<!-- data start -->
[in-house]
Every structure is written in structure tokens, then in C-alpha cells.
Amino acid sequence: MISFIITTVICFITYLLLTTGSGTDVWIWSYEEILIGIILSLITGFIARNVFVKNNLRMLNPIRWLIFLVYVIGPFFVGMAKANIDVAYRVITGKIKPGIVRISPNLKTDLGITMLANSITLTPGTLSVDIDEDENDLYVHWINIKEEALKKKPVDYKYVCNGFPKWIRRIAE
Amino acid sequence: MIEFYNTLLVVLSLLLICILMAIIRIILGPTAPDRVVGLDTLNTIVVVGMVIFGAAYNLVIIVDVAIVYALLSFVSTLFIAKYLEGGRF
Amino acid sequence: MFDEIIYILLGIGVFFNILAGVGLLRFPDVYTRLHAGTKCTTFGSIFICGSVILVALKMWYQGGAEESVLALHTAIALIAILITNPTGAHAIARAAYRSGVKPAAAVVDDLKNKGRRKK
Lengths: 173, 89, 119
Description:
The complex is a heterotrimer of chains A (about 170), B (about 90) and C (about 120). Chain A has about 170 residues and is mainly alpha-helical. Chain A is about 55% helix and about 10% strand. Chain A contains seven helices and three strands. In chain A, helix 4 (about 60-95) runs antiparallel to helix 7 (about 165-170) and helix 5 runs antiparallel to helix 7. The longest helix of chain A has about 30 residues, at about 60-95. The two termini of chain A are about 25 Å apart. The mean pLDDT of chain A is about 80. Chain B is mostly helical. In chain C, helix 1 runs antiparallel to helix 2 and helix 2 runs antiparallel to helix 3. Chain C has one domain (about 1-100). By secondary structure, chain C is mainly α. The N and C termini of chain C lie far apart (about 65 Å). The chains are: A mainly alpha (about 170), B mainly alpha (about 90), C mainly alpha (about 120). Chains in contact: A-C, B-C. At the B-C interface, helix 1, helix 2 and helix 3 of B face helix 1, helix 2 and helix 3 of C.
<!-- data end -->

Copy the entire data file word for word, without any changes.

[in-house]
Every structure is written in structure tokens, then in C-alpha cells.
Amino acid sequence: MISFIITTVICFITYLLLTTGSGTDVWIWSYEEILIGIILSLITGFIARNVFVKNNLRMLNPIRWLIFLVYVIGPFFVGMAKANIDVAYRVITGKIKPGIVRISPNLKTDLGITMLANSITLTPGTLSVDIDEDENDLYVHWINIKEEALKKKPVDYKYVCNGFPKWIRRIAE
Amino acid sequence: MIEFYNTLLVVLSLLLICILMAIIRIILGPTAPDRVVGLDTLNTIVVVGMVIFGAAYNLVIIVDVAIVYALLSFVSTLFIAKYLEGGRF
Amino acid sequence: MFDEIIYILLGIGVFFNILAGVGLLRFPDVYTRLHAGTKCTTFGSIFICGSVILVALKMWYQGGAEESVLALHTAIALIAILITNPTGAHAIARAAYRSGVKPAAAVVDDLKNKGRRKK
Lengths: 173, 89, 119
Description:
The complex is a heterotrimer of chains A (about 170), B (about 90) and C (about 120). Chain A has about 170 residues and is mainly alpha-helical. Chain A is about 55% helix and about 10% strand. Chain A contains seven helices and three strands. In chain A, helix 4 (about 60-95) runs antiparallel to helix 7 (about 165-170) and helix 5 runs antiparallel to helix 7. The longest helix of chain A has about 30 residues, at about 60-95. The two termini of chain A are about 25 Å apart. The mean pLDDT of chain A is about 80. Chain B is mostly helical. In chain C, helix 1 runs antiparallel to helix 2 and helix 2 runs antiparallel to helix 3. Chain C has one domain (about 1-100). By secondary structure, chain C is mainly α. The N and C termini of chain C lie far apart (about 65 Å). The chains are: A mainly alpha (about 170), B mainly alpha (about 90), C mainly alpha (about 120). Chains in contact: A-C, B-C. At the B-C interface, helix 1, helix 2 and helix 3 of B face helix 1, helix 2 and helix 3 of C.